What God Hath Intended
by Paula Panich
Pectin makes it all possible. Pectin is one of God’s best ideas, purveyed in fruity packages. No question: God intended us to have jellies and jams and marmalade. This is why I take my marmalade straight, by the spoonful.
So my friend Julianna and I decided to make marmalade. We were inspired by a perfect bitter orange marmalade we had eaten in San Miguel de Allende, Mexico, and the delivery, by my friend and Los Angeles neighbor Léo, of a recipe for kumquat marmalade.
We were also inspired by this truth of communal cooking: It lightens the spirit. “It suffereth not the heart to be burnt,” as my seventeenth-century friend the Countess of Kent would have said. My heart, as it happened, was burning.
Shared labor with beautiful fruit, sugar, sharp knives, good conversation, and a big solid pot put to the fire—the citrus fragrance alone was a tonic.
Marmalade in our day seems to carry its own definition, which is a conserve of oranges. That’s what most of us think of when we think of marmalade, if we think of it at all. In fact, in Europe until the eighteenth century, the word marmalade, when used by itself, according to the British food historian C. Anne Wilson, meant only one thing: a marmalade of quinces.
The word for “quince,” in Portuguese, is marmelo.
But nothing is simple with the human heart, nor is it easy to untangle the means and the meaning of what looks to be an uncomplicated mix of sugar and fruit in a small glass jar. Human relationships with food, like our relationships with one another, are a complex and passionate matter, and involve politics, religion, and invasion.
Homemade preserves were known in Roman times; Greek physicians were convinced of the efficacy of quince to aid digestion; Dioscordes recommended it for dysentery and complaints of the liver and kidneys. His recipe for kudonites, made with quince, pops up in Tudor and Stuart times as “quidony of quinces,” and wouldn’t you, just once, love to attend a dinner party at which someone asked for this and it was brought forth?
It would be awhile, though, until marmalade was used to break the nighttime fast.
Marmalade of quinces was prepared dry, and cut, as you would a pie, with a knife, thanks to the discovery that cooked fruit combined with sugar (honey) and acid (vinegar) would result in a solid, thick, leathery, and delicious substance.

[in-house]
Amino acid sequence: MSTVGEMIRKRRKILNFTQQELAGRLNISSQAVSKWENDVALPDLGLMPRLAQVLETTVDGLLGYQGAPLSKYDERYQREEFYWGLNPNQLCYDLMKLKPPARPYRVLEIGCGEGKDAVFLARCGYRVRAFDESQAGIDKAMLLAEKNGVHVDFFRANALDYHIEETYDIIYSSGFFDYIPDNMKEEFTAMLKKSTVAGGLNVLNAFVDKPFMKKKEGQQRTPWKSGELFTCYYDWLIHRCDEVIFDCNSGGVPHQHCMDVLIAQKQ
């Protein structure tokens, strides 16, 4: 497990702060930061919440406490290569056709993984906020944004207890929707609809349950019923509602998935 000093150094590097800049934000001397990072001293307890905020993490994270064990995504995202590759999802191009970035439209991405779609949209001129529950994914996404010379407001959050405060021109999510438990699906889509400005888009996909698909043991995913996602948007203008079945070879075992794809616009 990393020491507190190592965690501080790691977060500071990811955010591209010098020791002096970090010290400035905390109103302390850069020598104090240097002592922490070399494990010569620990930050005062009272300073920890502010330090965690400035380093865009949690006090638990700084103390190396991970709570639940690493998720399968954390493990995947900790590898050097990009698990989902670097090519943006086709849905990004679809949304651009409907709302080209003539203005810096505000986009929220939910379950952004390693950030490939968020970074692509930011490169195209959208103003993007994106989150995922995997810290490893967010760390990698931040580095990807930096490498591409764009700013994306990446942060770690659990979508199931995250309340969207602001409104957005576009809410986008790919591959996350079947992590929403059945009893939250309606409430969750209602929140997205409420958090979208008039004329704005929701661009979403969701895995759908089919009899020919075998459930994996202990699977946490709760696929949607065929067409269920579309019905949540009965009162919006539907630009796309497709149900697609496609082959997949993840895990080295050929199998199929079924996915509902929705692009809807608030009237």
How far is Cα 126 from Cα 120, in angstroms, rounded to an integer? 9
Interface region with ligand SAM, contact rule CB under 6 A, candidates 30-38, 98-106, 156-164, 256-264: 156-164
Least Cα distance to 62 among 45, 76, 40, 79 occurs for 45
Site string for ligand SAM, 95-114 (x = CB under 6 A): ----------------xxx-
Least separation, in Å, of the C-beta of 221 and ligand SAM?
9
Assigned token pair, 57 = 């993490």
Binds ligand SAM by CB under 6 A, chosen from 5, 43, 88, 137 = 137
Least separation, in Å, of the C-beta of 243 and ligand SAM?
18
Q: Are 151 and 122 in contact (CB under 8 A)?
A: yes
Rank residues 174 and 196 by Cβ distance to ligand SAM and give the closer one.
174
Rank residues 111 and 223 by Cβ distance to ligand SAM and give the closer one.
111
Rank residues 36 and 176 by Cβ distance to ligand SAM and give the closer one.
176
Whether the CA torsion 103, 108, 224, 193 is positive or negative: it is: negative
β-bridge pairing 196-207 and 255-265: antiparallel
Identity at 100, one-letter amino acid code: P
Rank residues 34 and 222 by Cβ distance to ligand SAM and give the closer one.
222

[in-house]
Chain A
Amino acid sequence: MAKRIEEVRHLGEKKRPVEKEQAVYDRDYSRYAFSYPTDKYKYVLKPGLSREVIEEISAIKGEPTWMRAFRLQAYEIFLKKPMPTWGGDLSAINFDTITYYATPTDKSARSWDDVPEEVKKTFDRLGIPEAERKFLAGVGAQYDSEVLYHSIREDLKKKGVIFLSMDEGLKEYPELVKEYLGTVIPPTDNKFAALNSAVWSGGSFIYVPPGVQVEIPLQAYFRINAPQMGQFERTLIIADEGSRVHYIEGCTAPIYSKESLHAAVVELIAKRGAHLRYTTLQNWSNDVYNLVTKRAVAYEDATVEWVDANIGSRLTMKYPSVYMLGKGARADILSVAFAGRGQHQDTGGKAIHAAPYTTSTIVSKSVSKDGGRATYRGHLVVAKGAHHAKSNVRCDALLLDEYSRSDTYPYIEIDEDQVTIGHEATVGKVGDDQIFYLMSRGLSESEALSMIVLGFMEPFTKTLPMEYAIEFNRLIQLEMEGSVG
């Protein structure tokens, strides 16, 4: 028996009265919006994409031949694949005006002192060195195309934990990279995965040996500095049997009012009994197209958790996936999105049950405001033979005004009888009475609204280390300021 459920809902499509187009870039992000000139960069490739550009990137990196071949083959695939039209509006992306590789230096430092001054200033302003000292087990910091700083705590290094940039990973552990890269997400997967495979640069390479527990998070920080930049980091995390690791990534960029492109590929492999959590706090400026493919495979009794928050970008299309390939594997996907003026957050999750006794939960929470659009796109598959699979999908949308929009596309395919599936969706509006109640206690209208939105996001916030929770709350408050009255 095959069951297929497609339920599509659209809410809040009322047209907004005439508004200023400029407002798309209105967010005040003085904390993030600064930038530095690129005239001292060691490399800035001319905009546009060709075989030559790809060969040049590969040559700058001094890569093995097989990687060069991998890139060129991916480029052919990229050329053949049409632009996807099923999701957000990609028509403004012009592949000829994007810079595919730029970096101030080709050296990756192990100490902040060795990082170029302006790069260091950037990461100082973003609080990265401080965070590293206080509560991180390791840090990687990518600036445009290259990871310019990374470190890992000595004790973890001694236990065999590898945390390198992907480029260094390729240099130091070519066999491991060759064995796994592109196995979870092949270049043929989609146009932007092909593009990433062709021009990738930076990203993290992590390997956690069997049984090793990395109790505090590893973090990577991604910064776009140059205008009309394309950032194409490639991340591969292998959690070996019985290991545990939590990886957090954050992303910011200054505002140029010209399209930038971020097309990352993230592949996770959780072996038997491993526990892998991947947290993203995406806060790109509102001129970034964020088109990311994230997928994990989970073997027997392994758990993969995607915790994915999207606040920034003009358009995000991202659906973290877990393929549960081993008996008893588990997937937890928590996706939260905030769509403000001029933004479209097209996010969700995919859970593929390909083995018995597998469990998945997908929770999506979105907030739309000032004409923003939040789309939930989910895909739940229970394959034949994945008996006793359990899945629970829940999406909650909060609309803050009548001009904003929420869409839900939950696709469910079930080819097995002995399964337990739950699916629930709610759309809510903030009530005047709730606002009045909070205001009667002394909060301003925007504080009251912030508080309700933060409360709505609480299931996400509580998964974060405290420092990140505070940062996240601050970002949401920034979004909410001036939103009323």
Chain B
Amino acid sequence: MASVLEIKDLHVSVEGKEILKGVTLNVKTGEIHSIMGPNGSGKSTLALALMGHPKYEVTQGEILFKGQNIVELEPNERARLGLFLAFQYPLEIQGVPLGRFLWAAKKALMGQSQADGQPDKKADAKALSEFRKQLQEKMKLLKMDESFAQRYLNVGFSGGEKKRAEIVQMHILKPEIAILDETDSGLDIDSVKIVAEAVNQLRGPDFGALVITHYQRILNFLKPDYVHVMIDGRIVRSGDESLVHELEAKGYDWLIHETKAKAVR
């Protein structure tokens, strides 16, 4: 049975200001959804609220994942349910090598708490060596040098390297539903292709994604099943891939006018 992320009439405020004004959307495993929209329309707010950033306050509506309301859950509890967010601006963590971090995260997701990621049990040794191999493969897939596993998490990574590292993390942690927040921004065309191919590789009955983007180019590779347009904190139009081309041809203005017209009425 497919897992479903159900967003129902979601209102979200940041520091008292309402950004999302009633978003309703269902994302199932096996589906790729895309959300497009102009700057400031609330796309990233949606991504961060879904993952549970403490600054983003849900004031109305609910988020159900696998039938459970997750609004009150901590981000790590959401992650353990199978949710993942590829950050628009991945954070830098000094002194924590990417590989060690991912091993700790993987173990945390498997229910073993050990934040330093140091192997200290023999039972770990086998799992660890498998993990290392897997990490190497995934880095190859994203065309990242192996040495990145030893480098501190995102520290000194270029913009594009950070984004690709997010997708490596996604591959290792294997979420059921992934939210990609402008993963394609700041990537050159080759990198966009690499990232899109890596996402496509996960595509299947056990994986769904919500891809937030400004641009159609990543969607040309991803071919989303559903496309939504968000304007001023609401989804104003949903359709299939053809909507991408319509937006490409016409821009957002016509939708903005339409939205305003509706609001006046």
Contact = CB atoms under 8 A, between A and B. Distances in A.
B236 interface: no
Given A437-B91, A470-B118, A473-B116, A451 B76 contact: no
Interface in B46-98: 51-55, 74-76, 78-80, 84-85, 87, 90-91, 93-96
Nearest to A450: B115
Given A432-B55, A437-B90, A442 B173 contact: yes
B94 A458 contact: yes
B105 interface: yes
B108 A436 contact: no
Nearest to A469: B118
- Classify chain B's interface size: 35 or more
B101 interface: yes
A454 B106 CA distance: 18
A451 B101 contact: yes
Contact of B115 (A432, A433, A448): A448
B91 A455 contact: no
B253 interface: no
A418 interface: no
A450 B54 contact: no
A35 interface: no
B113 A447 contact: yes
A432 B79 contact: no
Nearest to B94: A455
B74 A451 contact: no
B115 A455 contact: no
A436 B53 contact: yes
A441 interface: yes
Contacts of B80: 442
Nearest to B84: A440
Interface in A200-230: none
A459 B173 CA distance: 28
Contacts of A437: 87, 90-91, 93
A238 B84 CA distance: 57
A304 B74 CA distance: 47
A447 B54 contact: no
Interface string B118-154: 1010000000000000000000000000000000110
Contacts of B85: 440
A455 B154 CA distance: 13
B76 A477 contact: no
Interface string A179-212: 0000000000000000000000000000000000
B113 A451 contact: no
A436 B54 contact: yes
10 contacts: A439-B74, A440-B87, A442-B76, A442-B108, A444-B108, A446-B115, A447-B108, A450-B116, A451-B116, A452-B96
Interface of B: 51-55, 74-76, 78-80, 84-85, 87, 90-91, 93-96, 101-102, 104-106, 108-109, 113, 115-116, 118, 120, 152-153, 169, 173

You can buy the offspring of this idea in quince paste from Spain, membrillo, sold in gourmet shops, to be eaten with cheese.
Now where was I? Yes, looking for a bridge to take us from quince to orange marmalade. Without Wilson’s The Book of Marmalade (1985, 1999), I might still be standing on a riverbank looking first to an island and then to the shore beyond, with no idea how to cross.
The first bridge is the apple; the second is a moving force we might call the conquering Arabs and the resulting Crusades.
The apple’s gift was its suitability for making jelly. (Many are the early recipes for “jelly of pippins”—pippin meaning for a few centuries any apple grown from a seed.) The pectin content of apples is highest when they are newly picked, in autumn.
The Crusades caused many hearts to suffer, both Arab and European, but left behind, in southern Europe, orange and lemon trees and the knowledge of how to make them flourish by means of irrigation.
Wilson surmises that if apples were put by to make jellies later in the year, intrepid magicians of the kitchen discovered that the addition of lemon juice would push along the jelling and that a bit of orange “pill” (peel) made it more interesting.
Here is a recipe from A True Gentlewoman’s Delight (1653), my own Countess’s cookery book, at least the one published under her name. (I’m obsessed with this cookbook!)